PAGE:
• Amazon Best Sellers Rank: #271,234 in Books (See Top 100 in Books)

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Customer Reviews

Top Customer Reviews

Format: Paperback Verified Purchase
The first hundred pages of this book are among the best and funniest written about the "domestic politics of exhaustion." Lowell Lake quietly and desperately employs passive resistance in the quotidian war with his wife. For her part, she throws away his clothes and his birth certificate, tells Lowell that she hates how he sits in a chair, manipulates him into moving closer to her parents and wields casual cruelty like a rapier. In one of his few moments of insight or enthusiasm, Lowell blurts out to his wife during their relocation to her home in New York that he is the first member of his family to cross back east over the Mississippi in over a hundred years. Her response: "Big deal."

Unfortunately, the second half of the book focuses less on his marriage in order to recount Lowell's attempt to create an identity by renovating a broken down home in Brooklyn. He makes a game attempt but Lowell Lake is a man who has no friends, can't catch a ball and has so little clue that he prefers Linda Thorsen to Diana Rigg on the Avengers. (How's that for an obscure pop cultural reference by Davis?) Lake's failed effort lifts him almost to the level of a tragic hero but the reader remembers him more as the man who wakes up at night and intones aloud, "I am not a nerd."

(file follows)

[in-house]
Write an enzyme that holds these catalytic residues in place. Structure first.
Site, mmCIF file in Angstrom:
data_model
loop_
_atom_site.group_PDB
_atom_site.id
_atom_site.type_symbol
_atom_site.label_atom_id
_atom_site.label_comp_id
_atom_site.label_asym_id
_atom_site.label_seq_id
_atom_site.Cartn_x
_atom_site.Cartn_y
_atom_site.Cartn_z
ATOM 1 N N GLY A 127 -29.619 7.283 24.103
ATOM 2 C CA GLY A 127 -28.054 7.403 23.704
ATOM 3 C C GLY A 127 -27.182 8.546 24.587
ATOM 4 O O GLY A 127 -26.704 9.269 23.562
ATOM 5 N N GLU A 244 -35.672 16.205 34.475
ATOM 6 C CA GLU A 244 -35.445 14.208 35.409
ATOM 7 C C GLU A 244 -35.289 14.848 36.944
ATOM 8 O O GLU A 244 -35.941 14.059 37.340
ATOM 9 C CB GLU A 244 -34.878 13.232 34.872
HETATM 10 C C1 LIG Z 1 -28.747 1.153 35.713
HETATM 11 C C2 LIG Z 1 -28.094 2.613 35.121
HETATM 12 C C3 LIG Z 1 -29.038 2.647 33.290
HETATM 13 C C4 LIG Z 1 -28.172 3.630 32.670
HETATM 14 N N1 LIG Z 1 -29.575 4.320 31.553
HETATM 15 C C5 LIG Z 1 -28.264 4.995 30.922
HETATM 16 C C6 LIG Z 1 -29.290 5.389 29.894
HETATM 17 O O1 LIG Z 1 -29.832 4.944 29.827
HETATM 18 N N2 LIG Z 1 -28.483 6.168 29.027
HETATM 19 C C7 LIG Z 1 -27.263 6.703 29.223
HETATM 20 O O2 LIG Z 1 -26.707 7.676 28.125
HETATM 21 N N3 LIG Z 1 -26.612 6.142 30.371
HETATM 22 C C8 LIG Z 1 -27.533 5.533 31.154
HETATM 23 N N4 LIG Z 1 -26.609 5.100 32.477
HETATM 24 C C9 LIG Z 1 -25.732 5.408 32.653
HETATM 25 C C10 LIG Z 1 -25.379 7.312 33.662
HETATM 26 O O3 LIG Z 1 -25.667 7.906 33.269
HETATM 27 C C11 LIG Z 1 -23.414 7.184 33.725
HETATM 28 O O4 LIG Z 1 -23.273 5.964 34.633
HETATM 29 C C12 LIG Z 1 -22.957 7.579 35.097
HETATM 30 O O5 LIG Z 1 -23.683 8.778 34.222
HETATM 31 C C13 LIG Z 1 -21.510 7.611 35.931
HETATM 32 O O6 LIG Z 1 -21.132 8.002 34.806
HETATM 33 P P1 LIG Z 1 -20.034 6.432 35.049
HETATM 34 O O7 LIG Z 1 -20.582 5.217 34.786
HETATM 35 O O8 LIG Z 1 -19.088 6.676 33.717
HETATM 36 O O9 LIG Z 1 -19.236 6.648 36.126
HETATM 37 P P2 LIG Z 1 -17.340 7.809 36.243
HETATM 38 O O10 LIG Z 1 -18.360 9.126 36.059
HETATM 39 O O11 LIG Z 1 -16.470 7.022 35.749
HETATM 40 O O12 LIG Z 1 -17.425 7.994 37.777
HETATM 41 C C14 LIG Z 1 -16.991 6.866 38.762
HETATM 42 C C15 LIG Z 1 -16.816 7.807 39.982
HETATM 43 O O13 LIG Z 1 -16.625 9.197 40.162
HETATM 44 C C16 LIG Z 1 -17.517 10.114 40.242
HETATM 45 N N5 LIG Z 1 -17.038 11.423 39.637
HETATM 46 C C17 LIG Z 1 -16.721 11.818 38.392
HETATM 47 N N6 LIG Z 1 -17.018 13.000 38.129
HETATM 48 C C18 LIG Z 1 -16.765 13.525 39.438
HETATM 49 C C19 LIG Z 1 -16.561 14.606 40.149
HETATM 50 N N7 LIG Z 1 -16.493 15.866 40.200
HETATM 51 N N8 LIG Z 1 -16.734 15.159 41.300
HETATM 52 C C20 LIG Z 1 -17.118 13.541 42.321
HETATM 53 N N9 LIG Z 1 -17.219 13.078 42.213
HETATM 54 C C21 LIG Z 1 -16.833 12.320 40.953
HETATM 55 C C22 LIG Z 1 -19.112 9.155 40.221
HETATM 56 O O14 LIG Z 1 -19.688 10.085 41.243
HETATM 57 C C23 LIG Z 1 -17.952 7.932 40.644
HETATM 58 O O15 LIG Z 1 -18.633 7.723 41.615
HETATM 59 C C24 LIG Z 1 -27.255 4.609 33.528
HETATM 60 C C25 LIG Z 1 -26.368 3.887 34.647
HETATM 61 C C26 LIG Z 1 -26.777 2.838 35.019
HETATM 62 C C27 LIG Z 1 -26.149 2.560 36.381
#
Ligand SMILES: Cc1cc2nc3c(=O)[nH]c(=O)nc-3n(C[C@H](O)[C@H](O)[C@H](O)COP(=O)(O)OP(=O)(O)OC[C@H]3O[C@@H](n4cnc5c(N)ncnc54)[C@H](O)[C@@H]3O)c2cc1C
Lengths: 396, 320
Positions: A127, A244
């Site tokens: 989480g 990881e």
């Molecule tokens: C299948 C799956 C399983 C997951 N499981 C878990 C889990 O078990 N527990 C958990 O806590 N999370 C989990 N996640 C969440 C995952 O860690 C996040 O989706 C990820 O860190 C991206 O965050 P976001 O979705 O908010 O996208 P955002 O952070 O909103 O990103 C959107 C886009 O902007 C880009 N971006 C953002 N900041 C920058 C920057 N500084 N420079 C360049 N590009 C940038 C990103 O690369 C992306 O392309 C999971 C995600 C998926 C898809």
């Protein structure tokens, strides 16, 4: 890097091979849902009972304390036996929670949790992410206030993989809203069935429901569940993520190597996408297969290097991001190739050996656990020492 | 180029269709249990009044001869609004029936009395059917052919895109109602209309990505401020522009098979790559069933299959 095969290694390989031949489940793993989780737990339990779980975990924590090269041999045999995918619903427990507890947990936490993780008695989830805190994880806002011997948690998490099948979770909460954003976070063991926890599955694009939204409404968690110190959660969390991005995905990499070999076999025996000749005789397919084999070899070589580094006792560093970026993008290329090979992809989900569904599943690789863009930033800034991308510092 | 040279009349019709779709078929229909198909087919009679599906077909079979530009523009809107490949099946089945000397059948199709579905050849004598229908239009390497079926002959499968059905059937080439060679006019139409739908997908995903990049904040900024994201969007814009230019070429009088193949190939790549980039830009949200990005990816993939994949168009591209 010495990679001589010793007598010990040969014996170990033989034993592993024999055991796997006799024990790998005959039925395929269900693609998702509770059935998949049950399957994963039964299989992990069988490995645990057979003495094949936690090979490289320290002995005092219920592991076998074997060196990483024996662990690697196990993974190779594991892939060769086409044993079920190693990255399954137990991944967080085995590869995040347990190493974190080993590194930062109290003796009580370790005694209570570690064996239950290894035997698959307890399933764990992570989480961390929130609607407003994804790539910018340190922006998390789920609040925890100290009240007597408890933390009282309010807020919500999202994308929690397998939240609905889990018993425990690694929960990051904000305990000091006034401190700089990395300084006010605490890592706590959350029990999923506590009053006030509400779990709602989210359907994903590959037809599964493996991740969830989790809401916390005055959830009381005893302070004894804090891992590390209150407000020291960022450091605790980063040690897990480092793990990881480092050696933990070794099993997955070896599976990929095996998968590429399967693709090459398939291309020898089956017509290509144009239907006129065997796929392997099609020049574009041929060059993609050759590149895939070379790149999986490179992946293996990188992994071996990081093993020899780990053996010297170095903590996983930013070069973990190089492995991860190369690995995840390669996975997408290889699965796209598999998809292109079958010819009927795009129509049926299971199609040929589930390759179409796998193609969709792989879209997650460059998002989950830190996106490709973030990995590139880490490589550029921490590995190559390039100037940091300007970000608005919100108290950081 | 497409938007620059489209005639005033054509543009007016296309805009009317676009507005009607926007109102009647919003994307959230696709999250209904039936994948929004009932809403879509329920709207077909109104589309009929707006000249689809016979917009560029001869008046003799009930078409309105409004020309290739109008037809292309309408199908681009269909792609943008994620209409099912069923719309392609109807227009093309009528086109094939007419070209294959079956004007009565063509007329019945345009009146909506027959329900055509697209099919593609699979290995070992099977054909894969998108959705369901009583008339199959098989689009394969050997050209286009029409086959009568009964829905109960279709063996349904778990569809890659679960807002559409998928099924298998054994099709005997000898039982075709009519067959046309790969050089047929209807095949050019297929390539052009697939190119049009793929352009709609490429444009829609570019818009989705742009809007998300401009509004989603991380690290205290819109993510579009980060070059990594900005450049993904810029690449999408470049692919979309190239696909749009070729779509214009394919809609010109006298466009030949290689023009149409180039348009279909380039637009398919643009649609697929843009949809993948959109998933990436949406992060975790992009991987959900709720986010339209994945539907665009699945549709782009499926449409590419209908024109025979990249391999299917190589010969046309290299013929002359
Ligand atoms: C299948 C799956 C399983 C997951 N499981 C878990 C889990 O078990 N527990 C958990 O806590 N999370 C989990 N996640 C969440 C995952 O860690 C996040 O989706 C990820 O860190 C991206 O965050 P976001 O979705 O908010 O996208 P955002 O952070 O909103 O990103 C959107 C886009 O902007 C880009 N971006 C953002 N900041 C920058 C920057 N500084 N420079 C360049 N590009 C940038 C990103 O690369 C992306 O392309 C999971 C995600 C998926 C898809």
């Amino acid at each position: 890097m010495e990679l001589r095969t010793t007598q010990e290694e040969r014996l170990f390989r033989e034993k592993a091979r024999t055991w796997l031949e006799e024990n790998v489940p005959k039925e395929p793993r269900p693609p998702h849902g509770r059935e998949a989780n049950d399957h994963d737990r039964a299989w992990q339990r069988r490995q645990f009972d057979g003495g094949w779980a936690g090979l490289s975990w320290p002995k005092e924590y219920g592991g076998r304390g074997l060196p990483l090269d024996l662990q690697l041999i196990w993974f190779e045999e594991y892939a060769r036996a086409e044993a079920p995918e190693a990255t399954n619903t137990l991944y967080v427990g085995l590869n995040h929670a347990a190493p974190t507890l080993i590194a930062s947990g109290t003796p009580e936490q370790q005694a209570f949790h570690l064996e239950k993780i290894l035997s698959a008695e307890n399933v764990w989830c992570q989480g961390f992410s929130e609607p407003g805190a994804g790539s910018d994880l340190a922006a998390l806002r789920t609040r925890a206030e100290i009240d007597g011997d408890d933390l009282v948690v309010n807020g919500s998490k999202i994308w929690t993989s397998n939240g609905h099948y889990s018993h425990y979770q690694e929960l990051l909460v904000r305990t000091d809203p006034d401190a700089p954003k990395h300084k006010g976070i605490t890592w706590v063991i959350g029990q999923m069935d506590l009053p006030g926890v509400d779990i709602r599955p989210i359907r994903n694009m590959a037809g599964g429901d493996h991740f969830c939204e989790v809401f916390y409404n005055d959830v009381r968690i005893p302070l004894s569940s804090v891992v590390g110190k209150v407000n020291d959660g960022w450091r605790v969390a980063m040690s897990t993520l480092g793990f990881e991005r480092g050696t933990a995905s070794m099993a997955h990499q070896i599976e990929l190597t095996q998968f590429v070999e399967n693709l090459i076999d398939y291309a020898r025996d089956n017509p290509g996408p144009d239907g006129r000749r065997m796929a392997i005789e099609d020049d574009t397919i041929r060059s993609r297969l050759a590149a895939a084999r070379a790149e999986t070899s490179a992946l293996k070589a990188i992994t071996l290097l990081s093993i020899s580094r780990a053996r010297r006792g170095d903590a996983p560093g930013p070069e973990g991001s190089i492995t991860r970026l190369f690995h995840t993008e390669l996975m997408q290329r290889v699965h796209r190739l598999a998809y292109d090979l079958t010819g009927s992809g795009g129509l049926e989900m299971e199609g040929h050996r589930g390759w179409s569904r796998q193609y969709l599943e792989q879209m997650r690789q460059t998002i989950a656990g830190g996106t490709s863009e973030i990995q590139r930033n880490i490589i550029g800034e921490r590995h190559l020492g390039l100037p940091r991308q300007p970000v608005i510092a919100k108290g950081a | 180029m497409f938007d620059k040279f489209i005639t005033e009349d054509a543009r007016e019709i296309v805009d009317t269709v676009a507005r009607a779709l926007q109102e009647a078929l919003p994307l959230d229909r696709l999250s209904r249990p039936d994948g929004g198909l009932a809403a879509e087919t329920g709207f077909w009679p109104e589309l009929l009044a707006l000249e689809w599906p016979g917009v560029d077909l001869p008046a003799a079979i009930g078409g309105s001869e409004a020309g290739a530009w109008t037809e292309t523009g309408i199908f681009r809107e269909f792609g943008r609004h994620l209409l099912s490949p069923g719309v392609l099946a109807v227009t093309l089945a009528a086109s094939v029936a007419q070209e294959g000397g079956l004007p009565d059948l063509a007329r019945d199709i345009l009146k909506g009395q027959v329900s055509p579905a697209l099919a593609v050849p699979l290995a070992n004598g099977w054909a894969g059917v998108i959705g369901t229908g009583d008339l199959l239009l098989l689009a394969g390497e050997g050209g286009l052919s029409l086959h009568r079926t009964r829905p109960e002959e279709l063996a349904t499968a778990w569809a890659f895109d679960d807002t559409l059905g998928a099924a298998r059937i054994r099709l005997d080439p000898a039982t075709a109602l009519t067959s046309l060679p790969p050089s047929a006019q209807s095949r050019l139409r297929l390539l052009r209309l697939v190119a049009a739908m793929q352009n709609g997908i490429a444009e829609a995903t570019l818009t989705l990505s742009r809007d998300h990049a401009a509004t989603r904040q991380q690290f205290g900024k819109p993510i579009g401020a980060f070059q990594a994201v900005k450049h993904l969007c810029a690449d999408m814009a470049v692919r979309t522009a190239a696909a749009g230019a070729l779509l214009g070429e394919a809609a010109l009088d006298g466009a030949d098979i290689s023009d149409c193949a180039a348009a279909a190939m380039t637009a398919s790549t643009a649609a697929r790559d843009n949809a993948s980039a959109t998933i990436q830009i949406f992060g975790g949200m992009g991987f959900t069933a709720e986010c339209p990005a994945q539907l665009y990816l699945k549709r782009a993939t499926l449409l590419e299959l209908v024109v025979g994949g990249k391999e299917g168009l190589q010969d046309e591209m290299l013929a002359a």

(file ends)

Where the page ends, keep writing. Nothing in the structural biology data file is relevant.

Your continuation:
This a quick and very enjoyable book. Read it for the priceless portraits of Lake's in-laws and for the new level of meaning Lowell Lake's existence brings to the word "meaningful."
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Why is it we like Lowell Lake? He is hardly engaged in the world and seems to look down on all those he comes across as bizarre science experiments. Yet, we root for him and wish him every success as he struggles to find meaning in a life that has to this point largely just happened to him. Perhaps it is because he is finally taking the reigns and since he finds no reward in his work or his wife, we hope he will find something - anything. His wife, like most spouses, cuts quickly to the heart of his problem, saying, "That's just great. I can't tell you how that idea really grabs me. What do you think this is? The Jackie Gleason Show?... I have to travel three thousand miles and work my *** off for four years in order to marry a New York cab driver?... I don't believe it. I've never worn a house dress in my life. At least you could have said you wanted to be a riveter.... Riveters make good money and there'd be a nice little pension for me if you walked off a beam up there in the sky. I liked it better when you wanted to be a cowboy." So revealing regarding Lowell's lost boy persona.

The book also appealed because I love all things New York and am fascinated by the 1970's especially. Davis does a fantastic job communicating the social and economic forces of change taking place. Lowell's attempt to move from Manhattan to Brooklyn is almost voyeuristic. His encounters with the various characters are fun and I like to think accurate. The challenges that the renovation brings is at once pathetic, hopeful, and futile. The mansion he purchases and fixates on was built in the mid 19th century by a tycoon, Civil War hero, corporation lawyer, and adventurer.